So if you are not already speaking about relevant life then get involved and start today.

The thoughts and opinions in the guest blogs belong to the authors and do not necessarily represent the views of Bright Grey or Scottish Provident.

MyKeyManInsurance.com is a trading style of My Protect Limited for website purposes only. My Protect Limited is an Appointed Representative of Personal Touch Financial Services Limited which is authorised and regulated by the Financial Conduct Authority.  See more about relevant life here - http://www.mykeymaninsurance.com/relevant-life-policy/ You can contact Jody at G+

To find out more about relevant life policies from Bright Grey click here

Over to you: Please let us know your thoughts by leaving a comment below.

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Roger Edwards 26 July 2013

Legislative change in the protection industry – opportunity or threat?

There has been a lot of change in financial services legislation lately and it’s always easy to focus on the negative aspects of that change.  Yes, it’s true some of the change has made life more difficult for providers, advisers and customers alike. But not all legislative change is bad news and occasionally a new […]

10 July 2013


Legislative change in the protection industry – opportunity or threat?

There has been a lot of change in financial services legislation lately and it’s always easy to focus on the negative aspects of that change.  Yes, it’s true some of the change has made life more difficult for providers, advisers and customers alike. But not all legislative change is bad news and occasionally a new opportunity comes along.  It’s just a question of whether anyone spots the opportunity to open up new markets or ways of doing things and how they react to it.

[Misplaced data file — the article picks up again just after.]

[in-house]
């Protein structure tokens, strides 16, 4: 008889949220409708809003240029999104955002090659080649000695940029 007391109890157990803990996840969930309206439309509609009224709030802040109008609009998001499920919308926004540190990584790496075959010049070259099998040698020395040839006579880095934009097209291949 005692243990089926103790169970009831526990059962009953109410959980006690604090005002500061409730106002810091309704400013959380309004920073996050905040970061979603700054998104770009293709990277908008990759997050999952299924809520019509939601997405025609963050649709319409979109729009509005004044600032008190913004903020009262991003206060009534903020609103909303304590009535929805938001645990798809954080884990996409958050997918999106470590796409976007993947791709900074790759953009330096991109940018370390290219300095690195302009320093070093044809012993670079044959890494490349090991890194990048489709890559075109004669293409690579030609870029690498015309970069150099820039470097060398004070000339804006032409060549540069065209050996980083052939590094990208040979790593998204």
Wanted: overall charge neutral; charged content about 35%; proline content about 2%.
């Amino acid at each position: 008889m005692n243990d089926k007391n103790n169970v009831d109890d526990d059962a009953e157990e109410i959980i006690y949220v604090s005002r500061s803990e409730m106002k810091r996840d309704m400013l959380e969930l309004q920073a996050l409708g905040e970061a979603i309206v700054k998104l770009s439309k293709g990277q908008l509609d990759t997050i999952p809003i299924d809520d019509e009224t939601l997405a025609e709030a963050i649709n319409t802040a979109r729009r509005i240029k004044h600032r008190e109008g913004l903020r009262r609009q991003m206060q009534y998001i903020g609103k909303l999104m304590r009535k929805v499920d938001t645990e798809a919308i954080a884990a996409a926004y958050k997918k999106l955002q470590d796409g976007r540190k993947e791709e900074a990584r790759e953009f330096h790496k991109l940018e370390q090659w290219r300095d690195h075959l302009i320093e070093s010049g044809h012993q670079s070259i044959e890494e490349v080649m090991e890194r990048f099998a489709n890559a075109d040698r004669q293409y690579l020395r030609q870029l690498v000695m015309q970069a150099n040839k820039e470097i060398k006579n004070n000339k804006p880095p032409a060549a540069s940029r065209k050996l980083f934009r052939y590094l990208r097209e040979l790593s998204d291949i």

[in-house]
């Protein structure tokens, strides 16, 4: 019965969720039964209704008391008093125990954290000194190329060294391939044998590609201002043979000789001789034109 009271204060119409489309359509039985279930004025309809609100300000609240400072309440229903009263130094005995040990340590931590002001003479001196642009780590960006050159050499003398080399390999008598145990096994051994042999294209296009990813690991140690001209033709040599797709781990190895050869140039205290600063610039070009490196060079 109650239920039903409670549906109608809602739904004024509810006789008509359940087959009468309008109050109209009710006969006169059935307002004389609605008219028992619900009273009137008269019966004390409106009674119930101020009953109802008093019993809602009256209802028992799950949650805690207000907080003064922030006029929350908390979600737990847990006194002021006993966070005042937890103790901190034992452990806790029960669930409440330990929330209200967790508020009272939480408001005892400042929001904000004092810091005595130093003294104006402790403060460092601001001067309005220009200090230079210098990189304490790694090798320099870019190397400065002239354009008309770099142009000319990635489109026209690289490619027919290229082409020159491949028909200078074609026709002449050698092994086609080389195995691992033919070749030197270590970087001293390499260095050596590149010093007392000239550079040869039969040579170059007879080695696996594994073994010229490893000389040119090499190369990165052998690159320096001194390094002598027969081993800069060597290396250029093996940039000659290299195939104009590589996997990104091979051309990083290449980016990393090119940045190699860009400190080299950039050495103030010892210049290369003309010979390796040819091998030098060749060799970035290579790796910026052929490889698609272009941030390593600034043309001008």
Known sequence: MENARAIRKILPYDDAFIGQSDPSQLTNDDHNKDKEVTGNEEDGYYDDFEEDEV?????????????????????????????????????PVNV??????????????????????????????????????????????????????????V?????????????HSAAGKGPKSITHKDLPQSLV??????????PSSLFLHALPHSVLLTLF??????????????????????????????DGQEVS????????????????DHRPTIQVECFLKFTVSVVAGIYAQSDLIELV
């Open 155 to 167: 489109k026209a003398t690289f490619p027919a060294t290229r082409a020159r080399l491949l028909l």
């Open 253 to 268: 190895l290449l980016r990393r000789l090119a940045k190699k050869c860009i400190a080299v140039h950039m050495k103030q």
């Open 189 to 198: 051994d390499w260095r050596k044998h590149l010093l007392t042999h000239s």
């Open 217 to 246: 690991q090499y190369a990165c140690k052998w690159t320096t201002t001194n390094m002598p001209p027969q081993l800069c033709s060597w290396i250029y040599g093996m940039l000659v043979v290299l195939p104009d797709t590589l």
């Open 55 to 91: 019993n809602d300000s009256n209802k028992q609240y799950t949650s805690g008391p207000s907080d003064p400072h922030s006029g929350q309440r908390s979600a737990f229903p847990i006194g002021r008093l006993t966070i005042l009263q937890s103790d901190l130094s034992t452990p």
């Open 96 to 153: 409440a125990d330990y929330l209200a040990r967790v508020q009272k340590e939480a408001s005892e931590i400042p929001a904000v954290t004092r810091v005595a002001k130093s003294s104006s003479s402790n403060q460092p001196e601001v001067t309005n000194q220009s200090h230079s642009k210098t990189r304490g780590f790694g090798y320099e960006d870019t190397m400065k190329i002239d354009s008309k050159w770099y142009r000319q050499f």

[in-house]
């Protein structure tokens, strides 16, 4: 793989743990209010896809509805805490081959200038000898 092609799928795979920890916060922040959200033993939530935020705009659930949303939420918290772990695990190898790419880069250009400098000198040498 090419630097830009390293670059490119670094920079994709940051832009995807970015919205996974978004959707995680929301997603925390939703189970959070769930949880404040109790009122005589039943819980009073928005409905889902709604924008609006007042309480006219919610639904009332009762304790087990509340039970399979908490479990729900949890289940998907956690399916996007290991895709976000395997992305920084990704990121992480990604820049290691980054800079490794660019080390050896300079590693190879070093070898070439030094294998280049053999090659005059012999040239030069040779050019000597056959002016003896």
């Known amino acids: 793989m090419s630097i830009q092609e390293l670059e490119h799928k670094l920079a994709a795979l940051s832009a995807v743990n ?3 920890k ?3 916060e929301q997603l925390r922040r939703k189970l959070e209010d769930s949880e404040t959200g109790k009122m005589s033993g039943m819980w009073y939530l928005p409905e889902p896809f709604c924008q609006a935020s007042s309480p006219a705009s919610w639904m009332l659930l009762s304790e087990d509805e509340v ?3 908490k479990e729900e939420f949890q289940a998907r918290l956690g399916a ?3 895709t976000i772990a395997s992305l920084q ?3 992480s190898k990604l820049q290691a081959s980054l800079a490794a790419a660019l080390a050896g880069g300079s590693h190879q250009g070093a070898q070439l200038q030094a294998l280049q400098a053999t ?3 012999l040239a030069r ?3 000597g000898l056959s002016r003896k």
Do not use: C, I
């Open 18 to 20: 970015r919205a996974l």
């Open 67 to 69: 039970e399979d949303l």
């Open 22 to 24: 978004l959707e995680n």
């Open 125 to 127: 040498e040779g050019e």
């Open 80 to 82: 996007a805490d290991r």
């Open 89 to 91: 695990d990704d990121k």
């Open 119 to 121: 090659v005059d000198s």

One example is relevant life policies (RLP). An RLP is a stand-alone single life policy and offers an alternative way for employers to give death-in-service benefits to their employees outside of a registered group life scheme. These became available because of changes in legislation.  I’m not aware of any lobbying from the industry to allow life cover to be written in this way. If there had been I’m sure it wouldn’t have taken so long for them to emerge and the market to develop. So it’s encouraging that the legislators deemed it appropriate to allow such policies and the generous tax treatment they receive.  Yet it was more than 3 years after the change in legislation that the first provider Bright Grey spotted the opportunity and felt comfortable enough to launch its first product to meet the requirement of the legislation.  And almost 5 years later we are still seeing some providers entering the market for the first time and some not entering it at all.

When we first thought relevant life policies may be possible we naturally asked ourselves the question, why has nobody else already done this? If it is really as simple as we think surely someone must have looked at it already and decided that it wasn’t viable.  But the more we thought about it the more we soon realised that this was a significant opportunity that was of benefit to our customers and too good to keep to ourselves. Someone had to be first, so why not make that Bright Grey?